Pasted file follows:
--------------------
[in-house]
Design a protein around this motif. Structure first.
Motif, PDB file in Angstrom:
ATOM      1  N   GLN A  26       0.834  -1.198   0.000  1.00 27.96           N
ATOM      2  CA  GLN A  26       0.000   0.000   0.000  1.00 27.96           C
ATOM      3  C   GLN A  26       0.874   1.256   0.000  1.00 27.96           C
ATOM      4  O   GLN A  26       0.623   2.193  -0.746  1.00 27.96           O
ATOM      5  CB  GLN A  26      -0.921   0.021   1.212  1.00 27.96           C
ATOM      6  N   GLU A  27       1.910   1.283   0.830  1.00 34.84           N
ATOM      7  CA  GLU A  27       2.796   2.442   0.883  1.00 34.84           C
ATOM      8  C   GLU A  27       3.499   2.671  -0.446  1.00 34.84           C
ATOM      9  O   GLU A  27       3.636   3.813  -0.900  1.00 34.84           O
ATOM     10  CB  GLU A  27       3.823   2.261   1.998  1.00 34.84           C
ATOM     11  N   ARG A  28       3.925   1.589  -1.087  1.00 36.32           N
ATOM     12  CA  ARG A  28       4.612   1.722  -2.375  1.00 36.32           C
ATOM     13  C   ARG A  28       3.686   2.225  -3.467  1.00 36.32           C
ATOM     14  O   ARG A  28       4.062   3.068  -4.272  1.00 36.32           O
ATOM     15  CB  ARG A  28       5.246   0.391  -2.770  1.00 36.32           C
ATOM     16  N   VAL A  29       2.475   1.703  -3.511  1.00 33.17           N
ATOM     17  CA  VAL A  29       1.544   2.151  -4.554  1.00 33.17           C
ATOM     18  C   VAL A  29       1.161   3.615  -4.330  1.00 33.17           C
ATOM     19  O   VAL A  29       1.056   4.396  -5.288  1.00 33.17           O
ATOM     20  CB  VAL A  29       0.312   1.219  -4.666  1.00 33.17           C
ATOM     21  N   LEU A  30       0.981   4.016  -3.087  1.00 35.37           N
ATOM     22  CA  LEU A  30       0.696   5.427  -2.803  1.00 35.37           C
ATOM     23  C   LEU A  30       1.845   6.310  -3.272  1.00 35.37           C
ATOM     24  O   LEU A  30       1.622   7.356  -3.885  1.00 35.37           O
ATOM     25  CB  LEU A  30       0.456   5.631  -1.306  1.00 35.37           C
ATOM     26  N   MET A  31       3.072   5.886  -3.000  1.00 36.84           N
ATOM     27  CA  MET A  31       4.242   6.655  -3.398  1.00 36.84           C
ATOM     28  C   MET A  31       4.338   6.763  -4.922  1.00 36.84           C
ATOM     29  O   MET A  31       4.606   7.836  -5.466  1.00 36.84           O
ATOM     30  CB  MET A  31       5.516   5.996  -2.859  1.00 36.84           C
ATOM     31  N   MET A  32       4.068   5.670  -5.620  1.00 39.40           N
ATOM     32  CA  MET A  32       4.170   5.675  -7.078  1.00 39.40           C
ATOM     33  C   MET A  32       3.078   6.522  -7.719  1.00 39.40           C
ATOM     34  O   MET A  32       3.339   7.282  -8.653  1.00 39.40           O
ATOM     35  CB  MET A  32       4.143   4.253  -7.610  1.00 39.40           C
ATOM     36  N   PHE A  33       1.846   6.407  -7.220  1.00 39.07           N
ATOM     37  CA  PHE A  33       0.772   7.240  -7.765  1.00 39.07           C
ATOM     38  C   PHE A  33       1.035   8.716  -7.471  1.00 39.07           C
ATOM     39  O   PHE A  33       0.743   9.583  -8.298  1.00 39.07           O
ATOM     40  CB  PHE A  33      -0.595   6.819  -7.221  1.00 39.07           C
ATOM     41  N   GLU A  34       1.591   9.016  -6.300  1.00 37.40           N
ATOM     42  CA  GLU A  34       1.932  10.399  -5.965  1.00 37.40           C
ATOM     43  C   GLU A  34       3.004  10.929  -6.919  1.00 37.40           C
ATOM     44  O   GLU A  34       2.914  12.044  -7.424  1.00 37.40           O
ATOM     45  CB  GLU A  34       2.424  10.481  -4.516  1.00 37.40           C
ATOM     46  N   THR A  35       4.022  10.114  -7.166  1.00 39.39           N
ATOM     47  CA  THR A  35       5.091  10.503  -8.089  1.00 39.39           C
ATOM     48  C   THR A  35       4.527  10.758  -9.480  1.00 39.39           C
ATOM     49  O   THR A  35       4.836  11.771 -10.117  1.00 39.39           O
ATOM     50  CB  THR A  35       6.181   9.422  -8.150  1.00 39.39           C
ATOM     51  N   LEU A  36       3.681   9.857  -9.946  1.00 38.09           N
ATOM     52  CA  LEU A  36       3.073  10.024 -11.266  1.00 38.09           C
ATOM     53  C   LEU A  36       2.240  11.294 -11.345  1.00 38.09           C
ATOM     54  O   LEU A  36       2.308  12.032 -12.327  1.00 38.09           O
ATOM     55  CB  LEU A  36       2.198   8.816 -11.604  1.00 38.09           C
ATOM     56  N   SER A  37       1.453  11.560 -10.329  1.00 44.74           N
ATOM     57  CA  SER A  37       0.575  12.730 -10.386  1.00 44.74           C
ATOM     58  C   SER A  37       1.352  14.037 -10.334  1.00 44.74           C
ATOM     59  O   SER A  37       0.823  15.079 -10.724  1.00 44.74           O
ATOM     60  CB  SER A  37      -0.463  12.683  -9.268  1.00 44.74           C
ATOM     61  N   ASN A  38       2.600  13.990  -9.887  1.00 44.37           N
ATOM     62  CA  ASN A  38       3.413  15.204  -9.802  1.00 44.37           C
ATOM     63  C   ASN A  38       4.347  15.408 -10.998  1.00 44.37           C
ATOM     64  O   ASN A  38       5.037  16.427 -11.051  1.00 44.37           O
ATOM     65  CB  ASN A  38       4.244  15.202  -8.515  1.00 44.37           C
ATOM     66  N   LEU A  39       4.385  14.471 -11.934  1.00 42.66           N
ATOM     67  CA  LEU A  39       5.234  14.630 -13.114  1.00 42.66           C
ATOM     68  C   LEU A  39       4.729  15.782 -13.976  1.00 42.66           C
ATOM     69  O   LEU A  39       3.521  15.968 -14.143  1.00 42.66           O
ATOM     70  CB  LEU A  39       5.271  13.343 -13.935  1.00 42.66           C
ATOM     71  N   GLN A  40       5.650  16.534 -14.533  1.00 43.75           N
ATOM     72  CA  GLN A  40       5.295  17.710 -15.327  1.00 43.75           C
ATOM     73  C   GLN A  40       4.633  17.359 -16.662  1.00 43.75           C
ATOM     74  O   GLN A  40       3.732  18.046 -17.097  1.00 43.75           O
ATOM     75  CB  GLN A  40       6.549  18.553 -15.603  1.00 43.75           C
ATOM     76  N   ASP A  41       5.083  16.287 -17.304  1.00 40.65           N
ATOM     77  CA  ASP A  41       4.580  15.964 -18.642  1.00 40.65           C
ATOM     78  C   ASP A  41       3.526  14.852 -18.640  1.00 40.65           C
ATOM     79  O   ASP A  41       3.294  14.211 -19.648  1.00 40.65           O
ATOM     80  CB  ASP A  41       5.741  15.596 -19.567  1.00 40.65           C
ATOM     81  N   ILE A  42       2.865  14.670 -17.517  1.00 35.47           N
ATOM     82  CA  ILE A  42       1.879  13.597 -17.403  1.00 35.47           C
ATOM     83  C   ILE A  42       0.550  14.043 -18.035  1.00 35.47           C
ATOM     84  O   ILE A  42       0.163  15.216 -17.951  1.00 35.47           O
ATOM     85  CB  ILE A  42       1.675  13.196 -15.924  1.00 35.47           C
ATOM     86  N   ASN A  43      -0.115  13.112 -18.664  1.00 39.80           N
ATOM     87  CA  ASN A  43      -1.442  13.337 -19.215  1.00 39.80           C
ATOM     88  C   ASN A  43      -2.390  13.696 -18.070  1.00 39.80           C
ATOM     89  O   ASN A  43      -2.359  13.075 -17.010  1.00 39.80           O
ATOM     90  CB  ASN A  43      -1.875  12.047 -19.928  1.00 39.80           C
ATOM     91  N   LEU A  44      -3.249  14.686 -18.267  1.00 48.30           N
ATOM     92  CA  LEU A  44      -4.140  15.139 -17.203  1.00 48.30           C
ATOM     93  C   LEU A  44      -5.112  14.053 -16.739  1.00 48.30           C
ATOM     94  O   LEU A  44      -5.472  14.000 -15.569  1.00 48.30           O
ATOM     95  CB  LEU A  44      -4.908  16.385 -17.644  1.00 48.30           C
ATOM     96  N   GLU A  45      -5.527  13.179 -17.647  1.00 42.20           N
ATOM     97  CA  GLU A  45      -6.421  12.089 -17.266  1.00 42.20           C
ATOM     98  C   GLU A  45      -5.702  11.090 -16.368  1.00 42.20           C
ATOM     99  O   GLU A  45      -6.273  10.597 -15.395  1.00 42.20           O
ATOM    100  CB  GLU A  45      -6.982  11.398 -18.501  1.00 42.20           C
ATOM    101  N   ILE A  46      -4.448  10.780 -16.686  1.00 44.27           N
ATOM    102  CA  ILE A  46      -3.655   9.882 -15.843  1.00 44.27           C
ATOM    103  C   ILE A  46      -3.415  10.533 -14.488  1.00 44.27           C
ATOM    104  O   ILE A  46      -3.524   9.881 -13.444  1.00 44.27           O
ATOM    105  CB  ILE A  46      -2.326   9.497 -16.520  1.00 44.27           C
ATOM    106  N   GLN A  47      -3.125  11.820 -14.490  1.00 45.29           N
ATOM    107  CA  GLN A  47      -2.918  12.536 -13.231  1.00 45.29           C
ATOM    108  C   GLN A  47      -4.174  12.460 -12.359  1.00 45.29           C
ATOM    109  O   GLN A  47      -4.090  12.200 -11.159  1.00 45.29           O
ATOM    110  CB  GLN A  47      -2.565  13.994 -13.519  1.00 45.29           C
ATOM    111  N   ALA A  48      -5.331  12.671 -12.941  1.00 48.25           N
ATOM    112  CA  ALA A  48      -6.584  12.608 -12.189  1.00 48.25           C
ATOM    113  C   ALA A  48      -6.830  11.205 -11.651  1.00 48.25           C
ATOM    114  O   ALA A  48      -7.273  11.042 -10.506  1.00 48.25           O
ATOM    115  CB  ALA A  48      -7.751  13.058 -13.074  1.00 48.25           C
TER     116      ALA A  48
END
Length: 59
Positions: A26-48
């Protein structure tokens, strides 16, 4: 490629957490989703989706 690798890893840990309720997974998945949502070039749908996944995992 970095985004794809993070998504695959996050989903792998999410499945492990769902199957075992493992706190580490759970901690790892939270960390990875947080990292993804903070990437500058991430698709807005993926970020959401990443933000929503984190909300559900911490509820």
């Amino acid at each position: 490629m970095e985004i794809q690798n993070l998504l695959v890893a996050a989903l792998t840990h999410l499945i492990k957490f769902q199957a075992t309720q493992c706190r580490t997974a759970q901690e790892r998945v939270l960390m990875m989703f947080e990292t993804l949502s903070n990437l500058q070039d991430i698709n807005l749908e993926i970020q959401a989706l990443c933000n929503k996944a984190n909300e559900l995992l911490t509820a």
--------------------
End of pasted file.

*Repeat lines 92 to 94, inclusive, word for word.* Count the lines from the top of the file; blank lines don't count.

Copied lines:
ATOM     89  O   ASN A  43      -2.359  13.075 -17.010  1.00 39.80           O
ATOM     90  CB  ASN A  43      -1.875  12.047 -19.928  1.00 39.80           C
ATOM     91  N   LEU A  44      -3.249  14.686 -18.267  1.00 48.30           N